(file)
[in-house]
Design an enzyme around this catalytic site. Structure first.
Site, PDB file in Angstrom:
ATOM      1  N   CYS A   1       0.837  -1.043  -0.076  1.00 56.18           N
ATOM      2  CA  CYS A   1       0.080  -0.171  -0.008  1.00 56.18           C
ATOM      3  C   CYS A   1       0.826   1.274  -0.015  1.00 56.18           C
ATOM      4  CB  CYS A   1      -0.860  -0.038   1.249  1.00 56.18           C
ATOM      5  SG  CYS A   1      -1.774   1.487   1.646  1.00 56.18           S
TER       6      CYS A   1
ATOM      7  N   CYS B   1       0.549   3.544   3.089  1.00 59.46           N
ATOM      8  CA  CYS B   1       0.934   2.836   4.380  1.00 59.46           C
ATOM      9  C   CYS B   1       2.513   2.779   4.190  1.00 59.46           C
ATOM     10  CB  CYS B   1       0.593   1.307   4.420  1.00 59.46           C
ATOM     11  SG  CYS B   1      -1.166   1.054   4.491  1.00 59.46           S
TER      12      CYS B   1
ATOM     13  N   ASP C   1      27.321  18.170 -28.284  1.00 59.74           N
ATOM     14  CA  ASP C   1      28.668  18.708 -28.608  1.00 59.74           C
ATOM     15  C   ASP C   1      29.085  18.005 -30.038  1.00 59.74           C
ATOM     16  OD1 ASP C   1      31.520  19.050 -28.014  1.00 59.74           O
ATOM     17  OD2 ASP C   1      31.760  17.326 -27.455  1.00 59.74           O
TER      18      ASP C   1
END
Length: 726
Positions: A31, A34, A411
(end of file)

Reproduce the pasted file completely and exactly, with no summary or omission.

[in-house]
Design an enzyme around this catalytic site. Structure first.
Site, PDB file in Angstrom:
ATOM      1  N   CYS A   1       0.837  -1.043  -0.076  1.00 56.18           N
ATOM      2  CA  CYS A   1       0.080  -0.171  -0.008  1.00 56.18           C
ATOM      3  C   CYS A   1       0.826   1.274  -0.015  1.00 56.18           C
ATOM      4  CB  CYS A   1      -0.860  -0.038   1.249  1.00 56.18           C
ATOM      5  SG  CYS A   1      -1.774   1.487   1.646  1.00 56.18           S
TER       6      CYS A   1
ATOM      7  N   CYS B   1       0.549   3.544   3.089  1.00 59.46           N
ATOM      8  CA  CYS B   1       0.934   2.836   4.380  1.00 59.46           C
ATOM      9  C   CYS B   1       2.513   2.779   4.190  1.00 59.46           C
ATOM     10  CB  CYS B   1       0.593   1.307   4.420  1.00 59.46           C
ATOM     11  SG  CYS B   1      -1.166   1.054   4.491  1.00 59.46           S
TER      12      CYS B   1
ATOM     13  N   ASP C   1      27.321  18.170 -28.284  1.00 59.74           N
ATOM     14  CA  ASP C   1      28.668  18.708 -28.608  1.00 59.74           C
ATOM     15  C   ASP C   1      29.085  18.005 -30.038  1.00 59.74           C
ATOM     16  OD1 ASP C   1      31.520  19.050 -28.014  1.00 59.74           O
ATOM     17  OD2 ASP C   1      31.760  17.326 -27.455  1.00 59.74           O
TER      18      ASP C   1
END
Length: 726
Positions: A31, A34, A411